Friday, July 14, 2006

New York Times Editorial - A raise only for Congress

New York Times Editorial - A raise only for Congress
Copyright by The New York Times
Published: July 13, 2006

The U.S. Congress has just chopped a week off what already is a notoriously skimpy work calendar so that lawmakers will have extra campaign time at home this fall. You'll be relieved to know, however, that among the items already seen to was a pay increase - 2 percent over the current base salary of $168,500.

The pay raises are automatic unless Congress takes a vote to block them. In the past 16 years, the two houses have accepted 11 such cost-of-living raises while actively rejecting five.

Although lawmakers should draw decent salaries, it is hard to have patience with a body that allows its own pay to rise automatically while stonewalling any increase in the national minimum wage from $5.15 an hour.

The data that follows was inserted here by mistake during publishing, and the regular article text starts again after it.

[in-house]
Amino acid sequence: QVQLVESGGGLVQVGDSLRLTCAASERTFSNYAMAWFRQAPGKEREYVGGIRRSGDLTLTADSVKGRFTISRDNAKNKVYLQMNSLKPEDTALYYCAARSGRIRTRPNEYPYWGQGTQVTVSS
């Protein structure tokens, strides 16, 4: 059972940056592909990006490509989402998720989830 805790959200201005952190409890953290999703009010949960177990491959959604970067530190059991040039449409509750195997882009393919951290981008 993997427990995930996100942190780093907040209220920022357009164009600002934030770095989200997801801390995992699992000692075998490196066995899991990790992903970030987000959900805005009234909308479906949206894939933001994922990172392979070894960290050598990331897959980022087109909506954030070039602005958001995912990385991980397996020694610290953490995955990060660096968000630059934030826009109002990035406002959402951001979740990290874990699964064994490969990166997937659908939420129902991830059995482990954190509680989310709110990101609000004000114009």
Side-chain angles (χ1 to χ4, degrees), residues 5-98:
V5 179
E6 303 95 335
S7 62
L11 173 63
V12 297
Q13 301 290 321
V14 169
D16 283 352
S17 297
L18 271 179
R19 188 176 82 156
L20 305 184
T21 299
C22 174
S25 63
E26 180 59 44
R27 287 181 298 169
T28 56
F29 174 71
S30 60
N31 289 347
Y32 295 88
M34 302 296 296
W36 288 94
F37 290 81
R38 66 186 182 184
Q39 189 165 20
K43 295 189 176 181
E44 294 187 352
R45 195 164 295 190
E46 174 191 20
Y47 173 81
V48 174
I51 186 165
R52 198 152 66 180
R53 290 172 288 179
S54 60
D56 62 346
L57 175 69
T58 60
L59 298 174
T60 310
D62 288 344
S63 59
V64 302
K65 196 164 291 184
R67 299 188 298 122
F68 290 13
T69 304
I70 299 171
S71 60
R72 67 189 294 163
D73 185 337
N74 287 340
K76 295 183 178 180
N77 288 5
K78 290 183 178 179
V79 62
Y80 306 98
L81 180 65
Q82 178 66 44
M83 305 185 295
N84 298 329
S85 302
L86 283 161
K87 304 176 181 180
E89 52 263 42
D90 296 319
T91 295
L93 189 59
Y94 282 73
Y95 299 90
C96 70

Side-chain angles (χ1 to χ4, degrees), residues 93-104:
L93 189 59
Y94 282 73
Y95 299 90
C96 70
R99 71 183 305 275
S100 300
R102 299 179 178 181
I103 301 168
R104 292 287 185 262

For a family of three, the minimum wage of $10,700, set in 1997, is now more than $5,000 below the federal definition of poverty. In that same time, a lawmaker's salary rose by $31,600 - better than 20 percent - while the purchasing power of a minimum-wage earner deteriorated by 20 percent.

A rise in the minimum wage to $7.25 did get to the Senate floor, but fell short. Democrats vow to fight the congressional raise unless poor workers finally get a boost. This is a debate well worth having before members of Congress hurry off to brag to voters of the job they've done.


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